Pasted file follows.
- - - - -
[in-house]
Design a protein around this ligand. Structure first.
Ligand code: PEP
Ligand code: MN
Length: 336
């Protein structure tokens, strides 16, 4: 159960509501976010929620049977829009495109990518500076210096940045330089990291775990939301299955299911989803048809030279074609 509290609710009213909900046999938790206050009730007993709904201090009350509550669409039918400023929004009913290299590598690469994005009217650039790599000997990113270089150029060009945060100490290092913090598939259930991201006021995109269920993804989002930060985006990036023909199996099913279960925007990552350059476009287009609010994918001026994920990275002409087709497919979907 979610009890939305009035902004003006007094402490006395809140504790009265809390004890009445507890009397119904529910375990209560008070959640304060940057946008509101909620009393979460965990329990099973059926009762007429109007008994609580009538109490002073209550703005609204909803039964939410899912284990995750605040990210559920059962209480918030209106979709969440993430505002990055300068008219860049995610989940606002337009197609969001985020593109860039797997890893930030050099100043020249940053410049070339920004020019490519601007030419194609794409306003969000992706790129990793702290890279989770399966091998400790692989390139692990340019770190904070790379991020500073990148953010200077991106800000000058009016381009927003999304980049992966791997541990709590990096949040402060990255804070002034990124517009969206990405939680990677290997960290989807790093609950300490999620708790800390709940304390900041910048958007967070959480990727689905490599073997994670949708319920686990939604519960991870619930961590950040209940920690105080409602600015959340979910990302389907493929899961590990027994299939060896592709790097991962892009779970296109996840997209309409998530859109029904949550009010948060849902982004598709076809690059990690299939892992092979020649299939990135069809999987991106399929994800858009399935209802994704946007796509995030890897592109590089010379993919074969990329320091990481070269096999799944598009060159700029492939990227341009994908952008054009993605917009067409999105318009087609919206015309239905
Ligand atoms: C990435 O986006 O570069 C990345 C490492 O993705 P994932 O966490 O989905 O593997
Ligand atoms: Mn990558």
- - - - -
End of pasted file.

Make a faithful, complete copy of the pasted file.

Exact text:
[in-house]
Design a protein around this ligand. Structure first.
Ligand code: PEP
Ligand code: MN
Length: 336
């Protein structure tokens, strides 16, 4: 159960509501976010929620049977829009495109990518500076210096940045330089990291775990939301299955299911989803048809030279074609 509290609710009213909900046999938790206050009730007993709904201090009350509550669409039918400023929004009913290299590598690469994005009217650039790599000997990113270089150029060009945060100490290092913090598939259930991201006021995109269920993804989002930060985006990036023909199996099913279960925007990552350059476009287009609010994918001026994920990275002409087709497919979907 979610009890939305009035902004003006007094402490006395809140504790009265809390004890009445507890009397119904529910375990209560008070959640304060940057946008509101909620009393979460965990329990099973059926009762007429109007008994609580009538109490002073209550703005609204909803039964939410899912284990995750605040990210559920059962209480918030209106979709969440993430505002990055300068008219860049995610989940606002337009197609969001985020593109860039797997890893930030050099100043020249940053410049070339920004020019490519601007030419194609794409306003969000992706790129990793702290890279989770399966091998400790692989390139692990340019770190904070790379991020500073990148953010200077991106800000000058009016381009927003999304980049992966791997541990709590990096949040402060990255804070002034990124517009969206990405939680990677290997960290989807790093609950300490999620708790800390709940304390900041910048958007967070959480990727689905490599073997994670949708319920686990939604519960991870619930961590950040209940920690105080409602600015959340979910990302389907493929899961590990027994299939060896592709790097991962892009779970296109996840997209309409998530859109029904949550009010948060849902982004598709076809690059990690299939892992092979020649299939990135069809999987991106399929994800858009399935209802994704946007796509995030890897592109590089010379993919074969990329320091990481070269096999799944598009060159700029492939990227341009994908952008054009993605917009067409999105318009087609919206015309239905
Ligand atoms: C990435 O986006 O570069 C990345 C490492 O993705 P994932 O966490 O989905 O593997
Ligand atoms: Mn990558």